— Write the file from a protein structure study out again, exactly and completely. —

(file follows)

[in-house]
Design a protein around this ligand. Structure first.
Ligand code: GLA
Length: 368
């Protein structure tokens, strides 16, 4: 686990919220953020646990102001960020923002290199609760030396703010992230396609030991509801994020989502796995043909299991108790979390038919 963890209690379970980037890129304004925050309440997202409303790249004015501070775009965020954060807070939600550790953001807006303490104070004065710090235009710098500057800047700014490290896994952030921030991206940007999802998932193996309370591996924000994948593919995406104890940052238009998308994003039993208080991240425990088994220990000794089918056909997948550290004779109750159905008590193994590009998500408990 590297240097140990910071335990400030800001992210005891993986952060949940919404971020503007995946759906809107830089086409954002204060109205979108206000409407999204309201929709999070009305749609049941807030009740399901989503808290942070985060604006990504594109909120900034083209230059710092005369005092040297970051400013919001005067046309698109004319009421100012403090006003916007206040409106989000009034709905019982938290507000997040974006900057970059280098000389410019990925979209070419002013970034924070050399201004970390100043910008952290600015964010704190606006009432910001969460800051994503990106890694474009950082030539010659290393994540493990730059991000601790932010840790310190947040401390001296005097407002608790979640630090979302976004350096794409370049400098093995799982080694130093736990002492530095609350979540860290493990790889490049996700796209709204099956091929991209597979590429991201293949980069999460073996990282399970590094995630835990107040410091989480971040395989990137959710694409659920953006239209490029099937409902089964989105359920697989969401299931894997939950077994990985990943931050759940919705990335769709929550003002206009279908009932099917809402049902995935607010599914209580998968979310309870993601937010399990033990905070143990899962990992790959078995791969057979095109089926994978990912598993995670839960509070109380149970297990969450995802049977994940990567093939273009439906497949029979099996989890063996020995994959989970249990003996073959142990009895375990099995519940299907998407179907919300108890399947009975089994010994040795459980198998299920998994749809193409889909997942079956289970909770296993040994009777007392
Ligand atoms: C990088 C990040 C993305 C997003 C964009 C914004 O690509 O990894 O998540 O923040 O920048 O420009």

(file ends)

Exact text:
[in-house]
Design a protein around this ligand. Structure first.
Ligand code: GLA
Length: 368
């Protein structure tokens, strides 16, 4: 686990919220953020646990102001960020923002290199609760030396703010992230396609030991509801994020989502796995043909299991108790979390038919 963890209690379970980037890129304004925050309440997202409303790249004015501070775009965020954060807070939600550790953001807006303490104070004065710090235009710098500057800047700014490290896994952030921030991206940007999802998932193996309370591996924000994948593919995406104890940052238009998308994003039993208080991240425990088994220990000794089918056909997948550290004779109750159905008590193994590009998500408990 590297240097140990910071335990400030800001992210005891993986952060949940919404971020503007995946759906809107830089086409954002204060109205979108206000409407999204309201929709999070009305749609049941807030009740399901989503808290942070985060604006990504594109909120900034083209230059710092005369005092040297970051400013919001005067046309698109004319009421100012403090006003916007206040409106989000009034709905019982938290507000997040974006900057970059280098000389410019990925979209070419002013970034924070050399201004970390100043910008952290600015964010704190606006009432910001969460800051994503990106890694474009950082030539010659290393994540493990730059991000601790932010840790310190947040401390001296005097407002608790979640630090979302976004350096794409370049400098093995799982080694130093736990002492530095609350979540860290493990790889490049996700796209709204099956091929991209597979590429991201293949980069999460073996990282399970590094995630835990107040410091989480971040395989990137959710694409659920953006239209490029099937409902089964989105359920697989969401299931894997939950077994990985990943931050759940919705990335769709929550003002206009279908009932099917809402049902995935607010599914209580998968979310309870993601937010399990033990905070143990899962990992790959078995791969057979095109089926994978990912598993995670839960509070109380149970297990969450995802049977994940990567093939273009439906497949029979099996989890063996020995994959989970249990003996073959142990009895375990099995519940299907998407179907919300108890399947009975089994010994040795459980198998299920998994749809193409889909997942079956289970909770296993040994009777007392
Ligand atoms: C990088 C990040 C993305 C997003 C964009 C914004 O690509 O990894 O998540 O923040 O920048 O420009």